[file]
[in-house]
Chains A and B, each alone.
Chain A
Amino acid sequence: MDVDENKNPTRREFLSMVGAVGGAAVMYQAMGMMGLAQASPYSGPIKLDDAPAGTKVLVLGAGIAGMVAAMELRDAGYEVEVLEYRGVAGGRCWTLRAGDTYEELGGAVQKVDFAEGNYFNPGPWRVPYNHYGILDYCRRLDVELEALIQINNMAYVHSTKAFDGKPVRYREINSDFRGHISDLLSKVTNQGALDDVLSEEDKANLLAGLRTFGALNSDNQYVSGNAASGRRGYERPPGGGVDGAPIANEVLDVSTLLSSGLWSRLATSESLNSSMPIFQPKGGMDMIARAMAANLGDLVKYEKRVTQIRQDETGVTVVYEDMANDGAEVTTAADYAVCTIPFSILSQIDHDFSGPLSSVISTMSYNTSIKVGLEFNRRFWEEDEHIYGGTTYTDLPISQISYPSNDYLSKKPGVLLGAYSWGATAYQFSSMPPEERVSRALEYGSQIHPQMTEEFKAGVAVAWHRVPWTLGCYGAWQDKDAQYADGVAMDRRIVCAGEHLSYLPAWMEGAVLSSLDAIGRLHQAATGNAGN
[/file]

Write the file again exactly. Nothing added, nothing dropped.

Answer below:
[in-house]
Chains A and B, each alone.
Chain A
Amino acid sequence: MDVDENKNPTRREFLSMVGAVGGAAVMYQAMGMMGLAQASPYSGPIKLDDAPAGTKVLVLGAGIAGMVAAMELRDAGYEVEVLEYRGVAGGRCWTLRAGDTYEELGGAVQKVDFAEGNYFNPGPWRVPYNHYGILDYCRRLDVELEALIQINNMAYVHSTKAFDGKPVRYREINSDFRGHISDLLSKVTNQGALDDVLSEEDKANLLAGLRTFGALNSDNQYVSGNAASGRRGYERPPGGGVDGAPIANEVLDVSTLLSSGLWSRLATSESLNSSMPIFQPKGGMDMIARAMAANLGDLVKYEKRVTQIRQDETGVTVVYEDMANDGAEVTTAADYAVCTIPFSILSQIDHDFSGPLSSVISTMSYNTSIKVGLEFNRRFWEEDEHIYGGTTYTDLPISQISYPSNDYLSKKPGVLLGAYSWGATAYQFSSMPPEERVSRALEYGSQIHPQMTEEFKAGVAVAWHRVPWTLGCYGAWQDKDAQYADGVAMDRRIVCAGEHLSYLPAWMEGAVLSSLDAIGRLHQAATGNAGN